Remember, the domain name system itself works off what I and others have been arguing for some years is a relatively narrow point of control (by necessity), being the root server system, which the US government has self-declared full legal control over, albeit self-restrained in various ways and integrated with a separate industry/techie-driven standards model and the quasi-international organisation that is ICANN. If courts find that they can point their bizarre orders in this direction (i.e. towards the DNS) - perhaps this week’s decision should be a wake-up call in that regard - then we are on new ground. The continuing lack of clarity at an intergovernmental level over ‘what to do’ about ICANN and net governance will come back to bite us, if this example is the first of many. If it’s not, then it’s another false alarm - but how many false alarms do we need before taking the question seriously?

Julie Turner, an attorney in California who represented Wikileaks prior to this latest litigation but is not counsel for the group on this matter, is surprised that the court sanctioned such a broad agreement.

"It’s like saying that Time magazine published one page of sensitive material so (someone can) seize the entire magazine and put a lock on their presses," she says.

In a pretty extraordinary ex-parte move, the Julius Baer Bank and Trust got Dynadot, the U.S. hosting company and domain registrar for Wikileaks, to agree not only to take down the Wikileaks site but also to "lock the wikileaks.org domain name to prevent transfer of the domain name to a different domain registrar." Judge Jeffrey White in the U.S. District Court for Northern California signed off on the stipulation between the two parties last week without giving Wikileaks a chance to address the issue in court.

The Julius Baer Bank, a Swiss bank with a division in the Cayman Islands, took issue with documents that were published on Wikileaks by an unidentified whistleblower, whom the bank claims is the former vice president of its Cayman Islands operation, Rudolf Elmer. The documents purport to provide evidence that the Cayman Islands bank helps customers hide assets and wash funds.

Wikileaks has six pro-bono attorney's in S.F on roster to deal with a legal assault, however Wikileaks was given only hours notice "by email" prior to the hearing. Wikileaks was NOT represented. Wikileaks pre-litigation California council Julie Turner attended the start of hearing in a personal capacity but was then asked to leave the court room.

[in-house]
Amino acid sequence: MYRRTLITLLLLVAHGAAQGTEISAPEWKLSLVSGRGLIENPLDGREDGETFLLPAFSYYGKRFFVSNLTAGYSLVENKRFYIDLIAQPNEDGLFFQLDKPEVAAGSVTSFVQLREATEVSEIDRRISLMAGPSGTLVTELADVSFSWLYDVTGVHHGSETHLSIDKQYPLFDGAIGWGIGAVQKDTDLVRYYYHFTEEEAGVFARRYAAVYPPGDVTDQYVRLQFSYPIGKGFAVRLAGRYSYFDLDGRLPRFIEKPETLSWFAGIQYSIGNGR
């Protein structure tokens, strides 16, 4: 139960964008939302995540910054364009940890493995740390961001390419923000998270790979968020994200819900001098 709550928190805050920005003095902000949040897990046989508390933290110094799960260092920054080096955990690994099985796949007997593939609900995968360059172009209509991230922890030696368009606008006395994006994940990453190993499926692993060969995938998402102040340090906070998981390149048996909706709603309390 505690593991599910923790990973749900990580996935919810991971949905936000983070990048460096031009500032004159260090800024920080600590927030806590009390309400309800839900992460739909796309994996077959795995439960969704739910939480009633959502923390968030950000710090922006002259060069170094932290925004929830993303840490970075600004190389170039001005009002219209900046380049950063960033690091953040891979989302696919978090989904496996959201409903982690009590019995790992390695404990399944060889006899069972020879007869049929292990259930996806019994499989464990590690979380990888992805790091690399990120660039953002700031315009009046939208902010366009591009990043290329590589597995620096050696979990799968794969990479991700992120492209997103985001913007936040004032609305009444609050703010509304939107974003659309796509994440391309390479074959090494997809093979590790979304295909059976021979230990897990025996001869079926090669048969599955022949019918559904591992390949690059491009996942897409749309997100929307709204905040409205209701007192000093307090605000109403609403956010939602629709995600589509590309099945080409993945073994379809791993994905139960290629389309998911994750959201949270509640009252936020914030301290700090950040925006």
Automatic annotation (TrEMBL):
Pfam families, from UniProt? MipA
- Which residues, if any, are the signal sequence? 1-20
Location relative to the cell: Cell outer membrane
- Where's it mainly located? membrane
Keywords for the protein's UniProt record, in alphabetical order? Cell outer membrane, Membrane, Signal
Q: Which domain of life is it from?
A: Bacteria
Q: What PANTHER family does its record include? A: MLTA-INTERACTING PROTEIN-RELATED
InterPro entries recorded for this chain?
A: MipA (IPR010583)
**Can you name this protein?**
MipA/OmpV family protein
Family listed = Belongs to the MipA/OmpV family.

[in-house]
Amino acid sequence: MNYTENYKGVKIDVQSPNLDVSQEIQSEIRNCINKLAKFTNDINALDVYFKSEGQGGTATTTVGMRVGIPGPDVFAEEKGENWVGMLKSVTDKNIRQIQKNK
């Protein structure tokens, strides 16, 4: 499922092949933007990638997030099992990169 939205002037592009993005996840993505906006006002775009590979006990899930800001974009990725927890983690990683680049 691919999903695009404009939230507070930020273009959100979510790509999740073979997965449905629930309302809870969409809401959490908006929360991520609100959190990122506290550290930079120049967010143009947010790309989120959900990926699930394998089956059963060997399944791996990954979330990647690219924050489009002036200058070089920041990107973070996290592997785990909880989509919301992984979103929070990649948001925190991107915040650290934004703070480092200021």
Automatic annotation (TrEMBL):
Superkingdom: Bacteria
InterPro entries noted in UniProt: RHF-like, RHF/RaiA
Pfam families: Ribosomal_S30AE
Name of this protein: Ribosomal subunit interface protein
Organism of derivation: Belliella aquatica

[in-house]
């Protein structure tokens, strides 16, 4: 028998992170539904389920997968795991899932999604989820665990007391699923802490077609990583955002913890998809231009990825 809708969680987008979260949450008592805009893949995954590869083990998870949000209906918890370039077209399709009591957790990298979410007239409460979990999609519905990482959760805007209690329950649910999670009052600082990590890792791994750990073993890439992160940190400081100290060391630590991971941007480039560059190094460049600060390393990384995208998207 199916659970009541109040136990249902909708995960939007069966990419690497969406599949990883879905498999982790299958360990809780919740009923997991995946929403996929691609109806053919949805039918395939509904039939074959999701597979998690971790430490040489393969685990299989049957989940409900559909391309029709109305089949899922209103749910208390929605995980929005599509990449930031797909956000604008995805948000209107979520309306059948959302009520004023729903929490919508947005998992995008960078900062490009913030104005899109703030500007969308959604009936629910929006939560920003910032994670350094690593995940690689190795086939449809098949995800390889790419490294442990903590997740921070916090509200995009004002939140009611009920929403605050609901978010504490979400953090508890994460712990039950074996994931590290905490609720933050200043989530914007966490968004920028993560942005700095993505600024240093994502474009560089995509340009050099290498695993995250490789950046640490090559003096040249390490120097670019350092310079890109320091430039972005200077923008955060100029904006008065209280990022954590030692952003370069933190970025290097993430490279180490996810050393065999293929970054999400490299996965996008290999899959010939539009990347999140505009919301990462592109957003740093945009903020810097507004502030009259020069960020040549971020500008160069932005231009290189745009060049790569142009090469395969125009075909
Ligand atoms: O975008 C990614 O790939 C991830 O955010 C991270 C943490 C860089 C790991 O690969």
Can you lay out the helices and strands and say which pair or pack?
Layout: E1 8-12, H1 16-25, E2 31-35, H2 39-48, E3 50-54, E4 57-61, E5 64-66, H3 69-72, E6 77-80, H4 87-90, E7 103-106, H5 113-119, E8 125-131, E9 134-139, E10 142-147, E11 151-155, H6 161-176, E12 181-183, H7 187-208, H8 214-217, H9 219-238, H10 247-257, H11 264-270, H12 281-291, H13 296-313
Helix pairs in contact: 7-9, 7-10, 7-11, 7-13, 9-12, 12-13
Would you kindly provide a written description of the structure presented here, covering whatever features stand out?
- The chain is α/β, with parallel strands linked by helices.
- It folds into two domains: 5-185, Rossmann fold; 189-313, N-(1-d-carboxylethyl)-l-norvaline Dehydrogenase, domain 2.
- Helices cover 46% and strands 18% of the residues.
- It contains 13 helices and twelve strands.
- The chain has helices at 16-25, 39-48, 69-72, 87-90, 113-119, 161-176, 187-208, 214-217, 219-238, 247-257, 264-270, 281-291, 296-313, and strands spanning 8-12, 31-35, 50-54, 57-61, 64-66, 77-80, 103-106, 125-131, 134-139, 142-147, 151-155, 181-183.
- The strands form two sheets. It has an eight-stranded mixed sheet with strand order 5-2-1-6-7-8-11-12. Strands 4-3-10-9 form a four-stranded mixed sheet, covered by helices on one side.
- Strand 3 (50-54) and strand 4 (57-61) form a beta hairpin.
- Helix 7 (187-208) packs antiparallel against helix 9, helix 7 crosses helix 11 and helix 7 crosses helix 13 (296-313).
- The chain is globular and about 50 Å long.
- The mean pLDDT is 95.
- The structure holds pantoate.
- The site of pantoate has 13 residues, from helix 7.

EFF spent much of last week trying to find legal representation for WikiLeaks on very short notice. They're continuing to follow the case with interest.

While it's an obvious drag that this has occurred it does serve two distinct purposes: (1) prove that sites like WikiLeaks will not be silenced and (2) provide a precedent around which to galvanize support for laws and governance which adheres to the rule of law and the will of the people.

The feebleness of the action suggests that the bank, and the judge, did not understand how the domain system works or how quickly Web communities will move to counter actions they see as hostile to free speech online.

The site itself could still be accessed at its Internet Protocol (IP) address (http://88.80.13.160/) -- the unique number that specifies a Web site-s location on the Internet. Wikileaks also maintained "mirror sites," which are copies of itself, usually to insure against outages and this kind of legal action. These sites were registered in countries like Belgium (http://wikileaks.be/), Germany (wikileaks.de), and the Christmas Islands (http://wikileaks.cx) through domain registrars other that Dynadot, and so were not affected by the injunction.

Fans of the site and its mission rushed to publicize those alternate addresses this week. They have also distributed copies of the sensitive bank information on their own sites and via peer-to-peer file sharing networks.

The bank may have turned a couple of on-line copies of private documents into an avalanche of copies posted across the web.

How in the world does a judge order a web site containing thousands of pages of legitimate content to be shut down ex parte? Even if there were some false or private documents on the web site, you can't shut the whole site down. Does the court even have jurisdiction over Wikileaks?

"This case raises First Amendment issues that are for the Courts to decide, not my client, Dynadot," stated Garret D. Murai of Wendel, Rosen, Black & Dean, LLP, who represents Dynadot. "The only agreement by Dynadot was to comply with the Court's previous order to preserve evidence, including preventing Wikileaks from transferring its domain name to another registrar and from changing its account settings - essentially, to preserve the status quo. Dynadot did not agree to remove the name server settings for wikileaks.org or to produce any information. This was requested by Julius Baer and granted by the Court."

Wikileaks is a website that allows whistleblowers to anonymously release government and corporate documents, allegedly without possible retribution. Wikileaks operates on modified MediaWiki software, although it is independent from the Wikimedia Foundation. It claims that postings are untraceable by anyone attempting to do so. It was launched in December 2006 and, as of November 2007, claims to contain over 1.2 million documents.[1] Its primary site is with the Internet service provider PRQ in Sweden.